The carpal bones (Latin: os carpale, pl. ossa carpi) are eight small and irregularly shaped bones located in the wrist area. These bones are arranged into a proximal row and a distal row. The proximal row of the carpal bones articulates with the bones of the forearm, while the distal row articulates with the bases of the five metacarpal bones.
The proximal row, as viewed from lateral to medial direction on the palmar surface, include the following carpal bones:
Four bones forming the distal row of the carpal bones, also viewed from lateral to medial direction, include:
Proximally, the scaphoid and lunate articulate with the distal end of the radius, forming the wrist joint, also known as the radiocarpal joint. All of the carpal bones in the distal row articulate with the metacarpal bones.
Collectively, the carpal bones form an arch in the coronal plane. This arch on its carpal surface is convex proximally and concave distally, while on the palmar surface, it is simply concave. A membranous band, known as the flexor retinaculum, extends between the medial and lateral edges of the arch, forming the carpal tunnel.
Each carpal bone has its unique shape and multiple facets for articulation with several bones.
The scaphoid bone (Latin: os scaphoideum) is the largest of the carpal bones in the proximal row, and it lies beneath the anatomical snuff box.
It is surrounded by the following bones when viewed from a palmar aspect of the hand:
The scaphoid bone has a tubercle, which lies subcutaneously and is easily palpable.
The lunate bone (Latin: os lunatum) is crescent-shaped and has a large proximal articular surface, which communicates with the radius and its articular disk at the wrist joint.
It relates to the following bones:
Sometimes the lunate bone may come in contact with the hamate bone at its inferomedial angle.
The lunate bone, together with the triquetral bone next to it, create the carpal articular surface proximally, which articulates with the head of the radius.
The triquetral bone (also known as triquetrum, pyramidal bone, three-faced bone; Latin: os triquetrum, os pyramidale) is a pyramidal-shaped carpal bone. From a palmar view, its apex is directed distally and medially, while its base is faced laterally.
It relates to the following bones:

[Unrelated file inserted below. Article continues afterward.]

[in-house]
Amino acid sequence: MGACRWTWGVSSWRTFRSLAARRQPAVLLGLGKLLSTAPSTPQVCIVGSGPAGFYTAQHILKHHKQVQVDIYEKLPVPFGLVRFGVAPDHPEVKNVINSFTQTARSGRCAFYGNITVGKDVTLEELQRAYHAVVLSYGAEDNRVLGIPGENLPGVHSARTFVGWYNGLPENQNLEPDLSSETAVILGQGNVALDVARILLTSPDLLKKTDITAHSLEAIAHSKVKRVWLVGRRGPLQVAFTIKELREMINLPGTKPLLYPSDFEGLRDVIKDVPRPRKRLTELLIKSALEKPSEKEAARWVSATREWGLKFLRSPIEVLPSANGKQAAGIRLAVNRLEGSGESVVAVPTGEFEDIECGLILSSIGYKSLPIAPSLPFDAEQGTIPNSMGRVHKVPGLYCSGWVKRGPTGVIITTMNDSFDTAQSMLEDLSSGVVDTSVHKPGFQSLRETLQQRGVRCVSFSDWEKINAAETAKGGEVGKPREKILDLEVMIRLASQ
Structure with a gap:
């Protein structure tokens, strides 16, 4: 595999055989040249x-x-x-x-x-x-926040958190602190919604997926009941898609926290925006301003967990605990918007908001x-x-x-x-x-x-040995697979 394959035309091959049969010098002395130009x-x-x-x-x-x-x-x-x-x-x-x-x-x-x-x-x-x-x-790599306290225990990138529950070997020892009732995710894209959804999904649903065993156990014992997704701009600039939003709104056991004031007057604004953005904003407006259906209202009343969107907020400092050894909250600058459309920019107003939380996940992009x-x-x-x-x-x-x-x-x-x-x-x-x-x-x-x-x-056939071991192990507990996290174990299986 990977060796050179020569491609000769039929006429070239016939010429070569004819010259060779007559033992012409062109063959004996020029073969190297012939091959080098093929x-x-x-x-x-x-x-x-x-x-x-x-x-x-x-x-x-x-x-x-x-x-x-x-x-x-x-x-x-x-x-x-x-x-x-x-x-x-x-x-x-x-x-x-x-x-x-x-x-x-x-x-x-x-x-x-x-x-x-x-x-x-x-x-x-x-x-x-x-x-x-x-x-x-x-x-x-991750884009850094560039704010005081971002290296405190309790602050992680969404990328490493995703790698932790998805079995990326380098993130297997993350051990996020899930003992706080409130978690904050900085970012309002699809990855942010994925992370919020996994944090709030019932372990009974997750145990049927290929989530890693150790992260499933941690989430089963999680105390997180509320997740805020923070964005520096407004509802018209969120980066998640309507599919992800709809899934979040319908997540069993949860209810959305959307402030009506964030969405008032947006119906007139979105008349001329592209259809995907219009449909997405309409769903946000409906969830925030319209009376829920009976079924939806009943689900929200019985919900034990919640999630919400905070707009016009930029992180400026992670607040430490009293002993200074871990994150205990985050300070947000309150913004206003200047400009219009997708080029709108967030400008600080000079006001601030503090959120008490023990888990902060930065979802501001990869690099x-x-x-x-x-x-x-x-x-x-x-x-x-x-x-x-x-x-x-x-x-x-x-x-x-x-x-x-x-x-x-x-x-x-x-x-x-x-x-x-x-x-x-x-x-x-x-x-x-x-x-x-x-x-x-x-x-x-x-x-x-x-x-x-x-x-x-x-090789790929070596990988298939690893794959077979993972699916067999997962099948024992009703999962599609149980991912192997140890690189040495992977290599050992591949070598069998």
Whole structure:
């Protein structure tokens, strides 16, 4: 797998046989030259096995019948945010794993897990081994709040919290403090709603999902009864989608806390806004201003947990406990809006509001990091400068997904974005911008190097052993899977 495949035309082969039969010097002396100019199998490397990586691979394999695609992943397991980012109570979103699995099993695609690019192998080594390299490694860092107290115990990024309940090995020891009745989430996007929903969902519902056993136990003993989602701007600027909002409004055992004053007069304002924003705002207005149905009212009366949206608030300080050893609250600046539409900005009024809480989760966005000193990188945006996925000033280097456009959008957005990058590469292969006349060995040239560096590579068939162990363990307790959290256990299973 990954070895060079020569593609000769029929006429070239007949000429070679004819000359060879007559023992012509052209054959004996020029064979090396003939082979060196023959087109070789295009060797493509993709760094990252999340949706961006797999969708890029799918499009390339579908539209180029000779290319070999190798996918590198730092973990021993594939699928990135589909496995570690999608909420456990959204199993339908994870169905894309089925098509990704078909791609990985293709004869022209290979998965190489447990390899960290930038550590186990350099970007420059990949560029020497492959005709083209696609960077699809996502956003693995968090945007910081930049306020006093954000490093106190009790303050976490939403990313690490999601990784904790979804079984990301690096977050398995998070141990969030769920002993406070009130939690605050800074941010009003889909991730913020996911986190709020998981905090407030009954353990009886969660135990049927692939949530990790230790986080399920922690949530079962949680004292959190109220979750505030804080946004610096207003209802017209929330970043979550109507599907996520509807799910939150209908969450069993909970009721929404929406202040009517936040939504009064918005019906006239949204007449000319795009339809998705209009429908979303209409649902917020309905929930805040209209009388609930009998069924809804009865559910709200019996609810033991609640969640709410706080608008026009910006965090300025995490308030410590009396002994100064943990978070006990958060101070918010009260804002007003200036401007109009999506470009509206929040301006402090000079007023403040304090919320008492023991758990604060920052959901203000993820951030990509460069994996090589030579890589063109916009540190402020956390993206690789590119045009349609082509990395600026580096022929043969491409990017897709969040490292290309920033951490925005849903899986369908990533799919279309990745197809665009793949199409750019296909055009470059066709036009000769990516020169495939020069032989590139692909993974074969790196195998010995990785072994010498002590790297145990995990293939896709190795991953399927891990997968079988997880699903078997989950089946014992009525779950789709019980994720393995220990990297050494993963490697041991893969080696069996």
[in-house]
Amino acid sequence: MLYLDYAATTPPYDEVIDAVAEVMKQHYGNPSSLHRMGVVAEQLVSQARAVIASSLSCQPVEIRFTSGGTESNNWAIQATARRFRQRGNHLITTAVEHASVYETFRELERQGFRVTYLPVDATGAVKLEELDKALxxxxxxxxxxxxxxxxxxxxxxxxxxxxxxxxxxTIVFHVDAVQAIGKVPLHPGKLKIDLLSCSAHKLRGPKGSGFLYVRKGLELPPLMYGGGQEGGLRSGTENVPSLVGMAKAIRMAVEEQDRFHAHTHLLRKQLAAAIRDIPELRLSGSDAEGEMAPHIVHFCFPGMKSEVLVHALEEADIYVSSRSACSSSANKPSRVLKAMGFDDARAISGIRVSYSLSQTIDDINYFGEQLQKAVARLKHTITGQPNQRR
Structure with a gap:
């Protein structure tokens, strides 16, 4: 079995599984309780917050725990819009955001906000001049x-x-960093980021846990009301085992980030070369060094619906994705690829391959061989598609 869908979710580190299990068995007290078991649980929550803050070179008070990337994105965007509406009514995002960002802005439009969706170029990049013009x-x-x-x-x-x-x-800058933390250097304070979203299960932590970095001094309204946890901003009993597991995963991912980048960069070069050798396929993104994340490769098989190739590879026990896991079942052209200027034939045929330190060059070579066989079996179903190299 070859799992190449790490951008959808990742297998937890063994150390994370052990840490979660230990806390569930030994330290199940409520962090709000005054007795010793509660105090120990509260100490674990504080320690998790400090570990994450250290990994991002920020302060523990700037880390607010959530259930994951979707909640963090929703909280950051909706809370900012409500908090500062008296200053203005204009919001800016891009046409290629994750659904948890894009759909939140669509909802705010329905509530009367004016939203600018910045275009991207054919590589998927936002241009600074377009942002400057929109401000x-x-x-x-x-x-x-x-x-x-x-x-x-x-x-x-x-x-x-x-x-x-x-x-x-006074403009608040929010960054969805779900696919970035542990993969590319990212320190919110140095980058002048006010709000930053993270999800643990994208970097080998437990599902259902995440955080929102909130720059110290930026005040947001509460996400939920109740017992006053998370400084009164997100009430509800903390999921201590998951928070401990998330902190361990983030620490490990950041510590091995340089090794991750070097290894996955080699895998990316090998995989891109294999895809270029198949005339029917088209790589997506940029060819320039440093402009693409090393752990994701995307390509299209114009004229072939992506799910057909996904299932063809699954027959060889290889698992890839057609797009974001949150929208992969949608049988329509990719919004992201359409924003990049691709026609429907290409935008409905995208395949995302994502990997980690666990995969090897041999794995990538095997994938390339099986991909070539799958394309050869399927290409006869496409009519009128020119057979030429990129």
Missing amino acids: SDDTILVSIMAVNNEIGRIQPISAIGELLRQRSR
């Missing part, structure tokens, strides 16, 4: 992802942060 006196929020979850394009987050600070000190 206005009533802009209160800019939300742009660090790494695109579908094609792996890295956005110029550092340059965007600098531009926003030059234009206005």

The pisiform bone (Latin: os pisiforme) is a small sesamoid bone and is the most medial carpal bone from a palmar view. It forms the ulnar border of the carpal tunnel.
The dorsal surface of the pisiform bone articulates with the ventral surface of the triquetral bone. It lies within the tendon of the flexor carpi ulnaris and can be palpable.
The trapezium bone (or greater multangular bone, Latin: os trapezium, os multangulum majus) is the most lateral carpal bone in the distal row when viewed from the palmar side.
The trapezium bone communicates with several bones of the hand, including:
There is a palpable tubercle on the palmar surface of the trapezium bone. On its medial side, there is a groove that gives attachment to the tendon of the flexor carpi radialis.
The trapezoid bone (or lesser multangular bone, Latin: os trapezoideum, os multangulum minus) is the most medial and the smallest carpal bone within the distal row.
It communicates with the following bones:
The capitate bone (Latin: os capitatum) is the largest of all the carpal bones. It lies in the distal row and is surrounded by the following bones:
The hamate bone (Latin: os hamatum) is the last and most medial carpal bone in the distal row when the hand is seen from its palmar aspect.
It is palpable, as it lies subcutaneously and because of the bony notch on its palmar surface that curves laterally, known as the hamulus. The flexor digiti minimi and the pisohamate ligament attach to the hamulus.
The hamate bone communicates with several bones, including: